Checking Accounts

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Video Resources: Avoid Those Checking Account Fees

It’s often the first financial product that a young person will use. Maybe they start with a savings account but eventually they graduate and pair their savings account with a checking account. In that process of setting up this new account, the customer will be asked (or they should be) whether they would like “overdraft protection.” The term sounds innocuous and better yet lures them in after all who doesn’t want to be protected. Have your students watch one or more of these videos (hat tip to NGPF’s Jessica for curating these videos from December 2016) and odds are they will choose to “just say no” when it comes to overdraft protection.

This Pew Charitable Trust video from December 2015 interviews people “on the street” to get their thoughts on overdraft fees and policies. Also highlights the blind spots that consumers have when it comes to the “fine print” of checking account agreements. A great overview and only 3 minutes long! Pair this video with the NGPF Fine Print: Reading the Fine Print of Your Checking Account and you will have savvy students when it comes to checking fees!

Key questions for your students:

By |February 20th, 2017|Checking Accounts, Debit Cards, Research, Video Resource|

Question: In What Year Was The First A.T.M. Installed (And Other Fun Facts About Banking)?

Answer: 1969.

Good opener to this 1,000 word article (about 5 minutes reading time) on the history of banking from NerdWallet. Here are a few interesting points (some of which I even remember!):

By |February 13th, 2017|Article, Checking Accounts, Current Events, Question of the Day|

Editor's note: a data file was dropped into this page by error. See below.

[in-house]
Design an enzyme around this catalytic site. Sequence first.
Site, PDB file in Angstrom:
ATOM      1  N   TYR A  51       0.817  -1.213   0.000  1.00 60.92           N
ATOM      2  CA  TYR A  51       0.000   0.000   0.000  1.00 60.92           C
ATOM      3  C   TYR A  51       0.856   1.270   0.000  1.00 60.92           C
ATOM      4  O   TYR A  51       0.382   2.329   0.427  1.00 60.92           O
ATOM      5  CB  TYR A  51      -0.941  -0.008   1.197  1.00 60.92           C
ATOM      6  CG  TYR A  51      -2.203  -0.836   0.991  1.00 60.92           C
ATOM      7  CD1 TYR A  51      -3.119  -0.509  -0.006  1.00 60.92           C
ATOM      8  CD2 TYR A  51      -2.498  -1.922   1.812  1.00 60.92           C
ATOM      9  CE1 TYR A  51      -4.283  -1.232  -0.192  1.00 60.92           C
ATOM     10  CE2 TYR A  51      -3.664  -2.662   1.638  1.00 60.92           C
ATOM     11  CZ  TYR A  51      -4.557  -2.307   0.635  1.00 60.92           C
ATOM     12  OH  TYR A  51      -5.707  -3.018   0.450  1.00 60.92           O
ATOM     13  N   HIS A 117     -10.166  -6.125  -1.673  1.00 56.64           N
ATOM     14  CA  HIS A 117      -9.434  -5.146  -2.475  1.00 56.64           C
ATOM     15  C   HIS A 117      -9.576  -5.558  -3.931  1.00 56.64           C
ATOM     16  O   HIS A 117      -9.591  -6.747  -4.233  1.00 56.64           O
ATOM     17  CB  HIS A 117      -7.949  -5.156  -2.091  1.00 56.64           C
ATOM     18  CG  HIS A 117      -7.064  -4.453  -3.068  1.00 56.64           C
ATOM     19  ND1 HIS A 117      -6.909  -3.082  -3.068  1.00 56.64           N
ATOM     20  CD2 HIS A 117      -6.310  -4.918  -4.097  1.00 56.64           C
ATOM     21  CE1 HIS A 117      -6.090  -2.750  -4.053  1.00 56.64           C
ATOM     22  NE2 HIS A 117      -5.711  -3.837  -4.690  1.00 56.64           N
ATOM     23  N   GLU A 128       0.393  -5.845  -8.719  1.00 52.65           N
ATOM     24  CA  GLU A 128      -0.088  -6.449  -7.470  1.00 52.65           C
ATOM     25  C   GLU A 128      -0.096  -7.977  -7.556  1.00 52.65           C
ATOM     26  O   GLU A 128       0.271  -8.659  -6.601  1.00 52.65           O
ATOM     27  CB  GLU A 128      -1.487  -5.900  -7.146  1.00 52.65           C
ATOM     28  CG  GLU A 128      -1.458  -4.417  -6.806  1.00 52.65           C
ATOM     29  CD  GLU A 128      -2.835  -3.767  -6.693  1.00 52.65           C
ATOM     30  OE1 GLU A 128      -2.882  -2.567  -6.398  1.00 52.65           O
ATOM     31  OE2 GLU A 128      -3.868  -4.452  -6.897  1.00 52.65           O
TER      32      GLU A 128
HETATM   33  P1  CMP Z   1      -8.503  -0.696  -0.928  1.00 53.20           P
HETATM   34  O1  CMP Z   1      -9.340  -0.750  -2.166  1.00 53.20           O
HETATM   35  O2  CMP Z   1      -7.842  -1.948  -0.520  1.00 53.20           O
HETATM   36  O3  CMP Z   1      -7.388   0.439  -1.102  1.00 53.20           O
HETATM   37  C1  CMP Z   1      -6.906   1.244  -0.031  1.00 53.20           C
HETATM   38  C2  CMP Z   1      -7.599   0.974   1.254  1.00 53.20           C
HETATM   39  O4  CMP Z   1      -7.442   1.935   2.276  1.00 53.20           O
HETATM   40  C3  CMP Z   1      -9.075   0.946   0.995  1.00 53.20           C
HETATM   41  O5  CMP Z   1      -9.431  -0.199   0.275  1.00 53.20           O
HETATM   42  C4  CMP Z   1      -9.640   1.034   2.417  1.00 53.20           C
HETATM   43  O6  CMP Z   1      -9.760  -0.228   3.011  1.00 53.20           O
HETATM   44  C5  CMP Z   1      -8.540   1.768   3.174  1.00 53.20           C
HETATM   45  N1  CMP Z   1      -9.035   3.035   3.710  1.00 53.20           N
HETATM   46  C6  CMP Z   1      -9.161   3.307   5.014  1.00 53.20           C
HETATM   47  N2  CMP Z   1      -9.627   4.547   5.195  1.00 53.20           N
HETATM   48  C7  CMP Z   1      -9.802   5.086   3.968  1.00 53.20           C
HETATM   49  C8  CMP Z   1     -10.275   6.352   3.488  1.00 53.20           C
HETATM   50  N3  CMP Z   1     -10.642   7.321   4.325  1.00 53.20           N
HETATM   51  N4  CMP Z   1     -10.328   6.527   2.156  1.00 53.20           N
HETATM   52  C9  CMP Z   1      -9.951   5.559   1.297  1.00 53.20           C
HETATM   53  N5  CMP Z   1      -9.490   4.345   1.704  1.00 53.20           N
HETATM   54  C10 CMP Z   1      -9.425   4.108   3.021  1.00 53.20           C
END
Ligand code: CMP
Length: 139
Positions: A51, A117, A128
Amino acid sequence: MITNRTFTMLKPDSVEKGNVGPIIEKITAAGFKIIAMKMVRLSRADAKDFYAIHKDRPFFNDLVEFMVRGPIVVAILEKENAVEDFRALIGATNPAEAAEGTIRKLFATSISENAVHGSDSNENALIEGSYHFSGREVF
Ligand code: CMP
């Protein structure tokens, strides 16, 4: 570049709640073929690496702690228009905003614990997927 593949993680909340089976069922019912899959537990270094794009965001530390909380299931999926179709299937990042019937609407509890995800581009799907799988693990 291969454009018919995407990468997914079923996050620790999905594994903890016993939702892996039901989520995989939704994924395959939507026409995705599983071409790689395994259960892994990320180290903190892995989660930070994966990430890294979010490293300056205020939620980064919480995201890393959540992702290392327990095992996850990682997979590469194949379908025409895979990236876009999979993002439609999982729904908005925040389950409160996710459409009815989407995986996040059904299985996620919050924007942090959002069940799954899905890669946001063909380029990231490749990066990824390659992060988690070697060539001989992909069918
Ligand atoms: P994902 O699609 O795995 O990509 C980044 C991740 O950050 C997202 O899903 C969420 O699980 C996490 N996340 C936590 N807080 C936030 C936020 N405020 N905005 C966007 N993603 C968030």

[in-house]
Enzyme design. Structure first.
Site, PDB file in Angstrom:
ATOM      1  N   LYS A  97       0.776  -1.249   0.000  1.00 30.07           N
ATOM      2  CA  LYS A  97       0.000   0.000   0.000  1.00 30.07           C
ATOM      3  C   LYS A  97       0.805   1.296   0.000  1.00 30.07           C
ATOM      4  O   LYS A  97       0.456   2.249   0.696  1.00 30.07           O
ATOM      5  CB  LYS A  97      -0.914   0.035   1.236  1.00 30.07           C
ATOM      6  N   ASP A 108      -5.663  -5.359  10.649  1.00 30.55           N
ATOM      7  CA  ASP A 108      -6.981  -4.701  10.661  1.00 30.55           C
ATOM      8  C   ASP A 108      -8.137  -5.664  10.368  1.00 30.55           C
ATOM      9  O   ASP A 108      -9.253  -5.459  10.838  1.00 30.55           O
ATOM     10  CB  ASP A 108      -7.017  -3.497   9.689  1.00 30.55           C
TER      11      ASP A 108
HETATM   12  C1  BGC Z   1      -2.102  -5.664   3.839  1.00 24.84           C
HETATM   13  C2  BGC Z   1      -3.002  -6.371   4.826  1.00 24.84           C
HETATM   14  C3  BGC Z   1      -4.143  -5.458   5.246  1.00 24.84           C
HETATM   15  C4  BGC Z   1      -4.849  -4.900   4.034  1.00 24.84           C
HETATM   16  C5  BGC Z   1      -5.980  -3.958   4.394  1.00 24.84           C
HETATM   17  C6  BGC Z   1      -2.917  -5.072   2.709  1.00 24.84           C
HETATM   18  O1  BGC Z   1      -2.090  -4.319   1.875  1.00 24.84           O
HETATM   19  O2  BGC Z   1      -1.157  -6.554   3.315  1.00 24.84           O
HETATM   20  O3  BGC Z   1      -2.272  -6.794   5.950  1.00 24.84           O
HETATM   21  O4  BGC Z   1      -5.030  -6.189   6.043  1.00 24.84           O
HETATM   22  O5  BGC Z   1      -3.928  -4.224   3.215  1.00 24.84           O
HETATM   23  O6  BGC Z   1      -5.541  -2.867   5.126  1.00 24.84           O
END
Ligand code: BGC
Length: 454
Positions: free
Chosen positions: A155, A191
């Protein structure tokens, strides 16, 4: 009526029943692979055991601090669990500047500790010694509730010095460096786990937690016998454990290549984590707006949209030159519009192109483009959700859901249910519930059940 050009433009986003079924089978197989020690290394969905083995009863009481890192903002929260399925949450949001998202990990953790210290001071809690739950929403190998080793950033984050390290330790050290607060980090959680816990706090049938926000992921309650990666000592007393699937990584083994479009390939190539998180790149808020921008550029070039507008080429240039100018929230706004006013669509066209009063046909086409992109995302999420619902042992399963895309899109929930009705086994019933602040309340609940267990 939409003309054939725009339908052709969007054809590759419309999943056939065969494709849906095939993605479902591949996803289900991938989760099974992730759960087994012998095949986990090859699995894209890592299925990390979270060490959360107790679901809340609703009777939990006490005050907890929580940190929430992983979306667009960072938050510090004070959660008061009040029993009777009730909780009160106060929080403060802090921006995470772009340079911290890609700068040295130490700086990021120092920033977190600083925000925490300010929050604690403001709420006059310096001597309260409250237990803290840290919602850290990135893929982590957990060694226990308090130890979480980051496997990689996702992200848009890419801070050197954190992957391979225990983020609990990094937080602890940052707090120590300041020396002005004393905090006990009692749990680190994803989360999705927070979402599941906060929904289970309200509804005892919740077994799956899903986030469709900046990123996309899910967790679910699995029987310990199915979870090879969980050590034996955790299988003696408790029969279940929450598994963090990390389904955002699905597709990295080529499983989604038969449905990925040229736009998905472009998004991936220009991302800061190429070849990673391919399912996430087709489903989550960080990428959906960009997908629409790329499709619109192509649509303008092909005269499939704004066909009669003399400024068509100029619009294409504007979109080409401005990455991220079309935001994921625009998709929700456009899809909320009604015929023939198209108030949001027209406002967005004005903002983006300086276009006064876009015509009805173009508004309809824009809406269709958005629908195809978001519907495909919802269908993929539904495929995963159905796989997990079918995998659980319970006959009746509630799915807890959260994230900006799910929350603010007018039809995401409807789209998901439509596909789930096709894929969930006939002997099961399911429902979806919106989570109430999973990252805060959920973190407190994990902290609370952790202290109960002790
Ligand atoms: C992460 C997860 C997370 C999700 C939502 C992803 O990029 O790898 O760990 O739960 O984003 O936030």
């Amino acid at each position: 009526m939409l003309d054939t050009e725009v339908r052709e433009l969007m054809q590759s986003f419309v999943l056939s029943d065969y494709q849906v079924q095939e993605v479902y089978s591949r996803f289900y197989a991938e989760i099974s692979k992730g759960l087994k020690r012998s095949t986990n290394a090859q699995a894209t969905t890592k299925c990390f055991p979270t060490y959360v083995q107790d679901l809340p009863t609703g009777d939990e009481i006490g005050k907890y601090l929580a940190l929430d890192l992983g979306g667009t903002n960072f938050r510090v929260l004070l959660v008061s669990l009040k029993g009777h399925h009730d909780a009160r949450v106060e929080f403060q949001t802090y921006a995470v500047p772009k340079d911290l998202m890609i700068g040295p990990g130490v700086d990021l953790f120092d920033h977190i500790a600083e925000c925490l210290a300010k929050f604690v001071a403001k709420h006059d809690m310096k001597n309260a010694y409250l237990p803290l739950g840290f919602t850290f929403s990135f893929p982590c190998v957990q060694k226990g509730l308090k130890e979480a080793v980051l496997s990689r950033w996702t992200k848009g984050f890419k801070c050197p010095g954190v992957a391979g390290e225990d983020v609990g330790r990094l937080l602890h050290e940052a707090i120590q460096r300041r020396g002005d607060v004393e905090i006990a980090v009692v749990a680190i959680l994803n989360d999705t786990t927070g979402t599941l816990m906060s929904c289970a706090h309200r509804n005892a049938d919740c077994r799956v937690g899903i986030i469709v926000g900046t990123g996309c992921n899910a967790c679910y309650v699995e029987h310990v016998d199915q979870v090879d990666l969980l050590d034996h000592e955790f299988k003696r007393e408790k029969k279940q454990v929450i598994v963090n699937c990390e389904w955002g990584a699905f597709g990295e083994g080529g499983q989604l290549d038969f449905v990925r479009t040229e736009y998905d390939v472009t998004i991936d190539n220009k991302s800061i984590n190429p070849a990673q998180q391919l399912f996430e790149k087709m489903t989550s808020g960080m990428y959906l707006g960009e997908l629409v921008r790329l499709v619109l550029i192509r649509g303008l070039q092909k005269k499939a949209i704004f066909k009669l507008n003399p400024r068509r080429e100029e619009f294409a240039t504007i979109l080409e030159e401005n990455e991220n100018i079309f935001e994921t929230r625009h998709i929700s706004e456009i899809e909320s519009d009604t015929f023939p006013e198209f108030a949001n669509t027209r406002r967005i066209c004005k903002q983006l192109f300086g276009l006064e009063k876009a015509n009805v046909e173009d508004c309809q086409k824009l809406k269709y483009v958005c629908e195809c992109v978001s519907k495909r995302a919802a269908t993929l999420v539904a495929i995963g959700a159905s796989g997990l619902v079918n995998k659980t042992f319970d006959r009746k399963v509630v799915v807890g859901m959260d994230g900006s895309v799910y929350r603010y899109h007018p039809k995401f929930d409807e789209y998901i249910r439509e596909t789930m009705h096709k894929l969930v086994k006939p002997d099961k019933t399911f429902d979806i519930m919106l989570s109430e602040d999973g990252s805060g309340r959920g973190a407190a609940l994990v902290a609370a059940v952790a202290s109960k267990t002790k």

Question: What Is the Number One Reason Millennials Switch Checking Accounts?

Answer: No-fee ATMs

From Credit Union Times:

By |February 5th, 2017|Checking Accounts, Debit Cards, Question of the Day|

Question: How Do Banks Make Money Off Free Checking Accounts?

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Answer: Checking accounts provide banks with a cheap source of funds (they pay almost no interest on them) that they then loan out at much higher interest rates. So, for example, say I deposit $1,000 into a checking account paying 0% interest and the bank lends that $1,000 to a credit card customer paying 15%, the bank earns $150 in interest from the credit card customer and pays me bupkis:)

From Motley Fool’s analysis of a bank, Bank of Marin, that has increased their percentage of checking accounts that are FREE:

By |January 25th, 2017|Checking Accounts, Current Events|

Videos: What Was Considered Good Financial Advice In the 1940s and 50s?

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Put this in the category of “not so current events.” Something about my impending birthday has me getting nostalgic for the “good ole days.” I stumbled across this trove of videos from the 1940s which would have been the financial advice that my teenage Mom would have been given. Here are some of the highlights that I thought you would enjoy (with questions):

  • Keeping a Budget: Your Thrift Habits (it’s 10 minutes long, but the first five minutes will give you plenty to discuss):
    • How was Ralph able to buy his camera?
    • What was the budget method that worked for Ralph (full disclosure: this was how I kept track of my newspaper route revenues)?  How did he track his progress toward saving for his camera?
    • Is it easy to make a budget work? Why or why not?